And on the Sabbath day we went outside the gate to the riverside, where we supposed there was a place of prayer, and we sat down and spoke to the women who had come together. (Acts 16:13)
This passage contains an answer to a question in the Apostle Paul’s day that is still a question for our congregations today.
In Acts chapter 16, Paul and several companions are on a mission tour. Paul has a vision of a man of Macedonia imploring Paul to come to Macedonia, which today is northern Greece. Paul obliges. As they enter Macedonia, the mission team stops in the city of Philippi.
In his previous mission trip stops, on the Sabbath Paul went to the local synagogue. As one who went through training as a Rabbi, Paul would be invited to speak. Paul would argue from Scripture that Jesus is the Messiah, searching for synagogue members who were moved by this message.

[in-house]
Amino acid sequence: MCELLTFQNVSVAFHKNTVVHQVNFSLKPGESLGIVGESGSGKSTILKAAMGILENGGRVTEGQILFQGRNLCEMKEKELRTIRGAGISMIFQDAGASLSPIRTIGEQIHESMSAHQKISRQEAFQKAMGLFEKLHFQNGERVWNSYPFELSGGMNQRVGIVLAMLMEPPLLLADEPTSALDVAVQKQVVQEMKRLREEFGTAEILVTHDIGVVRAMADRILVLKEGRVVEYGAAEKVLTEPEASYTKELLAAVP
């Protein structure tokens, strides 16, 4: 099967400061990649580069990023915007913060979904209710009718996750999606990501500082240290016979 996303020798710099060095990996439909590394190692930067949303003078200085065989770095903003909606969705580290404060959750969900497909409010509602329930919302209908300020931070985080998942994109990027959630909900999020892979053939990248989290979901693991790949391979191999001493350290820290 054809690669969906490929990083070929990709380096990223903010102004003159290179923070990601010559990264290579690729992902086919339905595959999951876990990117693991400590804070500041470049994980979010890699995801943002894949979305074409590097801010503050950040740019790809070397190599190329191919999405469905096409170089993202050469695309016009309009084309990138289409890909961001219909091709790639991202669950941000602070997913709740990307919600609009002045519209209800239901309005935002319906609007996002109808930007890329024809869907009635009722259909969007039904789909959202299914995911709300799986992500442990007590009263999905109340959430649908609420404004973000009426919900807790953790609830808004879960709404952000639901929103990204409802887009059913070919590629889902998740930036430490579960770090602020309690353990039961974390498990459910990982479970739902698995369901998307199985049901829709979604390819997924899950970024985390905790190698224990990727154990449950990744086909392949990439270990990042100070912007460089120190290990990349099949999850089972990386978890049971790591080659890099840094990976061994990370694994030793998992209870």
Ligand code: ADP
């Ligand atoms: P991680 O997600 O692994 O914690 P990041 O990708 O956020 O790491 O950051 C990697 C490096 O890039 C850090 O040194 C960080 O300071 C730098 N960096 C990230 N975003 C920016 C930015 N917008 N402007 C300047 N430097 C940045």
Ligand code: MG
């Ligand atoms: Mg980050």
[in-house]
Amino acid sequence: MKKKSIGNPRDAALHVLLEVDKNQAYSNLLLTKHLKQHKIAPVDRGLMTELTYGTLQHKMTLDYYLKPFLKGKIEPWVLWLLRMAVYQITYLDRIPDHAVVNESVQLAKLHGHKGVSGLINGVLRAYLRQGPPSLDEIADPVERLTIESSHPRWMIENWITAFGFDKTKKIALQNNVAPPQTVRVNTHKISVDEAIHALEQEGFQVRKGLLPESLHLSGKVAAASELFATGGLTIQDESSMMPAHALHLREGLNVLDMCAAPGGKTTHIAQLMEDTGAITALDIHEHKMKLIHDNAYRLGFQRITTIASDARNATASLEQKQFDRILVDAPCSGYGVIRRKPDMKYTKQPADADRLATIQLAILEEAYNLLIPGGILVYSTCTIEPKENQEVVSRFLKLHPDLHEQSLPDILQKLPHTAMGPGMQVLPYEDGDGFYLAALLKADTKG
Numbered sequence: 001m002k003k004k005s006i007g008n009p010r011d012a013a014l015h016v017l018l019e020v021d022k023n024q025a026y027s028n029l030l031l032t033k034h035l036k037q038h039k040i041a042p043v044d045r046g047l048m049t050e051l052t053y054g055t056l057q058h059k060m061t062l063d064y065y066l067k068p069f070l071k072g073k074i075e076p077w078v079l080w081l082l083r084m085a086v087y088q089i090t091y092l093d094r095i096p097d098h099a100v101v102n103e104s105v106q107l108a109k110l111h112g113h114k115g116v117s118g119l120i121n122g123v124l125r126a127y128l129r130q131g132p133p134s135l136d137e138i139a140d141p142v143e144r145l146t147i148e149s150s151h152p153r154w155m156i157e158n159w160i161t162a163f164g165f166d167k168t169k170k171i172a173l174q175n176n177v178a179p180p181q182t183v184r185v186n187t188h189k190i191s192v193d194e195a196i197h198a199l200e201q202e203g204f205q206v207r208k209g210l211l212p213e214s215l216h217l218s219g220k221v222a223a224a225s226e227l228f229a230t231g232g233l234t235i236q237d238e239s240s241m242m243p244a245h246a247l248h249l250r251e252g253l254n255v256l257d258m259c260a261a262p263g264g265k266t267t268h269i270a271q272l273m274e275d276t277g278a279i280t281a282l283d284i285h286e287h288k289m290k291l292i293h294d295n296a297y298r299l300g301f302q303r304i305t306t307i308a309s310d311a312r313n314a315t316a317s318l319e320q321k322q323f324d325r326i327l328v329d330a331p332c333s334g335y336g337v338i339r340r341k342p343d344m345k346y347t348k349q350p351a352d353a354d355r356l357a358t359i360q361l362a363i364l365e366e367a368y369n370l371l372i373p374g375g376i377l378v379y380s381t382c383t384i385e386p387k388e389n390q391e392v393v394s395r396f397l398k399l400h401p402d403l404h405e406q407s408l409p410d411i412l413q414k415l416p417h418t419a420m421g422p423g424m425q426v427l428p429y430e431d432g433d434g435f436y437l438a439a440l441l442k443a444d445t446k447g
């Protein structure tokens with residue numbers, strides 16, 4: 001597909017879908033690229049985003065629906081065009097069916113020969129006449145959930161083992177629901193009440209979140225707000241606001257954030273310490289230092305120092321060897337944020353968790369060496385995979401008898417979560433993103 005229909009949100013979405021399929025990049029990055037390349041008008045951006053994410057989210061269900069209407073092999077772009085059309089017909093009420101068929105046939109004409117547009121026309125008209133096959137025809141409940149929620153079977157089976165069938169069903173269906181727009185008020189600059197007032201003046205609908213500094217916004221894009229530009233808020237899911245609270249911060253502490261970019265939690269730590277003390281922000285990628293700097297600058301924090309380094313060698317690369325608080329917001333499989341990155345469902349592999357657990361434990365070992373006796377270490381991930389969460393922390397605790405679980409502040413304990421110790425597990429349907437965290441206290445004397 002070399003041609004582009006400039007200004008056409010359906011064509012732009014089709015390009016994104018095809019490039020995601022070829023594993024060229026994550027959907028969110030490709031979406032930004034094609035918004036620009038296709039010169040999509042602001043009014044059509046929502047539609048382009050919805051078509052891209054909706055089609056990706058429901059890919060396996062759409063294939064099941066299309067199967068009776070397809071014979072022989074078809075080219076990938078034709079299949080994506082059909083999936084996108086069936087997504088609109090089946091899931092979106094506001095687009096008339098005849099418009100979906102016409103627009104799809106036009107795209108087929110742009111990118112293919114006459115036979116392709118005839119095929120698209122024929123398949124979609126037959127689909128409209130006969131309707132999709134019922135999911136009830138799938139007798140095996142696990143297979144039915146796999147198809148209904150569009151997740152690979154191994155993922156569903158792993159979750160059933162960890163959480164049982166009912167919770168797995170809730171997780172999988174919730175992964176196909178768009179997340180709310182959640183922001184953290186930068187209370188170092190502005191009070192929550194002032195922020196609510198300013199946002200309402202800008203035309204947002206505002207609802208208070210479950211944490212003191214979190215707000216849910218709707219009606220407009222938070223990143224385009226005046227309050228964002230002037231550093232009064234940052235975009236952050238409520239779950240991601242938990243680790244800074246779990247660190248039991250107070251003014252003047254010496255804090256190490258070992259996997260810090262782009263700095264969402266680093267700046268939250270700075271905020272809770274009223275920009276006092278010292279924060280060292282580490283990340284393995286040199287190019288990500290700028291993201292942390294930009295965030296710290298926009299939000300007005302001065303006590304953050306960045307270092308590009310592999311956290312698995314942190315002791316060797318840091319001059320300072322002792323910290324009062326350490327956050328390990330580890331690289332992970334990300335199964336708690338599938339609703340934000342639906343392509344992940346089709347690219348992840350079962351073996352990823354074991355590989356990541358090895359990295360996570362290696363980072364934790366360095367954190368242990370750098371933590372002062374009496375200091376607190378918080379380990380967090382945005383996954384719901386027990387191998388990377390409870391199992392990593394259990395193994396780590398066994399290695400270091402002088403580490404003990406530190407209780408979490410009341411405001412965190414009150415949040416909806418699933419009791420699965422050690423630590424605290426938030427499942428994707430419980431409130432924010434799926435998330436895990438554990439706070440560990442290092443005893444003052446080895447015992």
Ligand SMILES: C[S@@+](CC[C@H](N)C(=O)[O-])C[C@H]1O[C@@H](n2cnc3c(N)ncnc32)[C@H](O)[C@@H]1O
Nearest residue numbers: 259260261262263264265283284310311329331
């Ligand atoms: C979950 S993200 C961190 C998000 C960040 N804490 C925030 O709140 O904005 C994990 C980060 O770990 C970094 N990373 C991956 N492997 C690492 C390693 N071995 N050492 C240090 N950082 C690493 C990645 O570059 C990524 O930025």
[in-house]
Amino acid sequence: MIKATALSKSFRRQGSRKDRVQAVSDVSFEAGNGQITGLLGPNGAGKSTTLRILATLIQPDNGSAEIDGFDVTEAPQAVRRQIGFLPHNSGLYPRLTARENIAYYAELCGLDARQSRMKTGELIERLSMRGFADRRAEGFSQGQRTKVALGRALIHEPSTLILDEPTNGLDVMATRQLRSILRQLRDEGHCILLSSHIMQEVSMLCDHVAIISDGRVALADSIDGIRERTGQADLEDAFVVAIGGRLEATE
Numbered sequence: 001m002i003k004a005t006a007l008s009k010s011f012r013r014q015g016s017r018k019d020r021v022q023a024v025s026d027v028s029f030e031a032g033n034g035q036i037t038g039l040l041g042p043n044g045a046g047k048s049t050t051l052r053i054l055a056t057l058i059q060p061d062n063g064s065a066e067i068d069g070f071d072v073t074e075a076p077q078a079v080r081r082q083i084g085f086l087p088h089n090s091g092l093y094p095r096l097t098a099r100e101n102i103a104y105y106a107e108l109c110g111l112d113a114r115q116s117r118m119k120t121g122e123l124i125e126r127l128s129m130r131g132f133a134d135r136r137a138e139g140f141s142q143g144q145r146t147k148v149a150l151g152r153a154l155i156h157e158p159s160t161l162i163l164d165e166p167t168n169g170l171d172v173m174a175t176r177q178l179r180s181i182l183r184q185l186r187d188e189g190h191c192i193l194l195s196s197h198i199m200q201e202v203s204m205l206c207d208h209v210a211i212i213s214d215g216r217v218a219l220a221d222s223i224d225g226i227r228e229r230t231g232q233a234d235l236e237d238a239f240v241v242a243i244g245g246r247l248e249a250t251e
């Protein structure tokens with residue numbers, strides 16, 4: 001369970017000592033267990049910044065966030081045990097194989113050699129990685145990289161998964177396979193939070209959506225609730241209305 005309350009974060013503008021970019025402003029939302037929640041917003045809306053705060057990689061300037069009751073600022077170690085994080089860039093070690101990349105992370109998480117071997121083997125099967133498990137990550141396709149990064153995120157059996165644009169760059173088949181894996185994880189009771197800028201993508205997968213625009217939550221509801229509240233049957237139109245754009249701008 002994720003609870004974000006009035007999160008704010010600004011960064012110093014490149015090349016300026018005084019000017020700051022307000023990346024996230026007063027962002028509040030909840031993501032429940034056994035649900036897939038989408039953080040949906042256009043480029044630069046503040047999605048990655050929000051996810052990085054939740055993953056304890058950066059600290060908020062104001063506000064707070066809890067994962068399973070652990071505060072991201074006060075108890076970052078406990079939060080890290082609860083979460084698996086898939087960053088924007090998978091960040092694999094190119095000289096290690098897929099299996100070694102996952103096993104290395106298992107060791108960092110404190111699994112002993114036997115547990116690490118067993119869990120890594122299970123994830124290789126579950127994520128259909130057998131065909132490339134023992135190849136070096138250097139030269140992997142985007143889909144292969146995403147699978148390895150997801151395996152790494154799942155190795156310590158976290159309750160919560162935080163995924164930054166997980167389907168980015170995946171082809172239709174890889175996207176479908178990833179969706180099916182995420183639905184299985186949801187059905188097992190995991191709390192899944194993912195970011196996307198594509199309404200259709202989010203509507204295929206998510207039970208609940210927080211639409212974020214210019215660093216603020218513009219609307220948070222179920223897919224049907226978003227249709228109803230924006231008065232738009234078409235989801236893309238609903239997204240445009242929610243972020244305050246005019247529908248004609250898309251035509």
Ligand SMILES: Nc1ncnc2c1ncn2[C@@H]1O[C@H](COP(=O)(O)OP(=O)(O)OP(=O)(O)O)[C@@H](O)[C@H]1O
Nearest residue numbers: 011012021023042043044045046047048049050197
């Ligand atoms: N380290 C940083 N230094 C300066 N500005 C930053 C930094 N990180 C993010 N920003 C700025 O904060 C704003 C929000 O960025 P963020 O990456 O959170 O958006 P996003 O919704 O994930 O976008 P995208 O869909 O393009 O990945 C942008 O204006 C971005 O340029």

Problem: There was no synagogue in Philippi. Question: Where could Paul and his companions find people who would be interested in Jesus? Answer: The river, where spiritual people were likely to gather. Sure enough, they found a woman named Lydia who was open to hearing the Gospel.
We face the same question today. Where can our congregations find people who are interested in Jesus, curious about Jesus, open to Jesus? Most of our churches rely on members finding friends or family, acquaintances or associates, who want to learn about Jesus. The members invite those curious about Christ to participate in the member’s congregational life.
Sometimes our congregations find groups or communities that are open to considering Jesus’ teaching and claims. Some of these are new communities where new homes are being constructed. Some are communities of first-generation immigrants. From time to time we find established congregations interested in hearing about Jesus because their denominations no longer have historic, orthodox teaching of the faith.
The bottom line is that, compelled by God’s mission, we continue to seek the lost to see God incorporate them into the Body of Christ.
(A Second Look devotions are written for the congregations of the Ohio District LCMS.)